As a key supplier to the smartphone industry, Qualcomm is a good indicator – and warns of a rapid decline in demand. Incidentally, the chip specialist also provides a reference to Apple.

The chip group Qualcomm expects an even stronger downturn in the smartphone market than previously expected. Especially for smartphones with technology for super-fast 5G data transmission, Qualcomm only assumes that 600 to 650 million devices will be sold instead of the previous forecast of up to 750 million. The company, which supplies the main processors of many Android smartphones as well as most 5G cellular modems, is a good barometer for business.

According to calculations by the analysis company Canalys, smartphone sales fell by nine percent in the last quarter. Apple was therefore the only major provider that was able to increase sales with its iPhones.

For calendar year 2022, Qualcomm is now forecasting smartphone sales to shrink in the low double-digit percentage range. So far, the company has been preparing for a drop in sales in the mid-single-digit percentage range. Qualcomm sees “a rapid decline in demand” and was therefore cautious when forecasting its own business. Investors dropped the stock by a good 7.5 percent in after-hours trading on Wednesday.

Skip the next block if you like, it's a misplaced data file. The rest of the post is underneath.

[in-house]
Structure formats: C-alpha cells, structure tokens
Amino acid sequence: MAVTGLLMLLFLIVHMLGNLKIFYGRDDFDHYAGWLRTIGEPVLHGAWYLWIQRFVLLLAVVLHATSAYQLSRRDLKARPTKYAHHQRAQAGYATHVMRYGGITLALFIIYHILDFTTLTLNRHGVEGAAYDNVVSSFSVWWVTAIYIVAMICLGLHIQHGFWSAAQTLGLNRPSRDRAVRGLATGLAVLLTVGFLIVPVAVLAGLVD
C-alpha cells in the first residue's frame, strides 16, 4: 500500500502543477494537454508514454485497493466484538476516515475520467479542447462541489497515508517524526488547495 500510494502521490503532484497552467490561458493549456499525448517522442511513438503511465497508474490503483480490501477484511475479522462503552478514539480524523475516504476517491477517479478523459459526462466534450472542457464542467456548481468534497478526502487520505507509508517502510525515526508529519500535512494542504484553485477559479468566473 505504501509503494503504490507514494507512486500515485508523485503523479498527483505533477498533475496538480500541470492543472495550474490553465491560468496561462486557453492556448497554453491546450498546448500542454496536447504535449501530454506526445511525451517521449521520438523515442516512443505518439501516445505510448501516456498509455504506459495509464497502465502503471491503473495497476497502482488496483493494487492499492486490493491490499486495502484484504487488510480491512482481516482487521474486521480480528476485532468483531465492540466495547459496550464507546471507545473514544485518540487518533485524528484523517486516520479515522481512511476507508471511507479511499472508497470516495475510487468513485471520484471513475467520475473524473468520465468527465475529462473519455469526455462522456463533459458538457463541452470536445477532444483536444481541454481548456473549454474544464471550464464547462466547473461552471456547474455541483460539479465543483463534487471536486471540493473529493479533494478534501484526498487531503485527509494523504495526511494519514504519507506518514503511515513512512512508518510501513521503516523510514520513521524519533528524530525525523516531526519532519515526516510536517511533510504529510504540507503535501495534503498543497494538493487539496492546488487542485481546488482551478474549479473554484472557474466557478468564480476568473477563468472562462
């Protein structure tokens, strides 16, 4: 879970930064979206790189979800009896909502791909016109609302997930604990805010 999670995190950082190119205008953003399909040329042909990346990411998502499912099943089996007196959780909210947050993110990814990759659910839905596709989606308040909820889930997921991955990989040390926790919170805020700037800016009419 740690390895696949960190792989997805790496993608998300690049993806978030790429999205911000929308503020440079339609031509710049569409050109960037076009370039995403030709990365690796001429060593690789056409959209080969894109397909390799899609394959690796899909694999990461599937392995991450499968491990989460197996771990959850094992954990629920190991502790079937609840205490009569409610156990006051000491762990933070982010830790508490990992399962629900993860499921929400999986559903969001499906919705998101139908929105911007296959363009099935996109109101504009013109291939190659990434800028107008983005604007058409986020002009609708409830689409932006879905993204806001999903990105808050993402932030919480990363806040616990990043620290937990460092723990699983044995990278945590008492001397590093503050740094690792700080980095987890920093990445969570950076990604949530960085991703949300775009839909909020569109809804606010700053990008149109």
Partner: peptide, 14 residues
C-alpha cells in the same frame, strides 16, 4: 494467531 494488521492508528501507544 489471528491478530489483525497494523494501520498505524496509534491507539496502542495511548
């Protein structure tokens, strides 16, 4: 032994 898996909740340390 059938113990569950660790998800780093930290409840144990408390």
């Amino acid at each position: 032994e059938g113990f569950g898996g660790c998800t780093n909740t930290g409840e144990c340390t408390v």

Delayed change at Apple

On the sidelines of the figures, Qualcomm provided a clear indication that Apple is making slower progress than planned in its plan to switch to 5G modems developed in-house in the iPhones. So far, Qualcomm has estimated that only around a fifth of the 2023 model year iPhones will be equipped with its wireless modems. Now it was said that it would be the clear majority of the devices. Only by 2025 is it expected that hardly any modems will be delivered to Apple.

The financial service Bloomberg had previously reported that Apple was struggling with its own modems, among other things, with problems such as excessive heat development. The chips that provide the connection to the mobile network are a key element of smartphones and play an important role in battery life, among other things. Apple is gradually replacing chips from other suppliers in its devices with its own developments that are more efficient and powerful. The iPhone group was involved in a bitter patent dispute with Qualcomm for years.

Qualcomm is now expecting sales of $9.2 billion to $10 billion for the first quarter of its fiscal year, which will end in December. In the prior-year quarter, revenues had reached $10.7 billion after a jump of 30 percent. The profit will suffer from the fact that some smartphone providers are now reducing their inventories instead of building new devices, it said.

In the past quarter, Qualcomm was able to maintain a fairly high rate of growth. Sales rose 22 percent year-on-year to approximately $11.4 billion. Profit was up three percent to $2.87 billion.

Qualcomm on business in the past quarter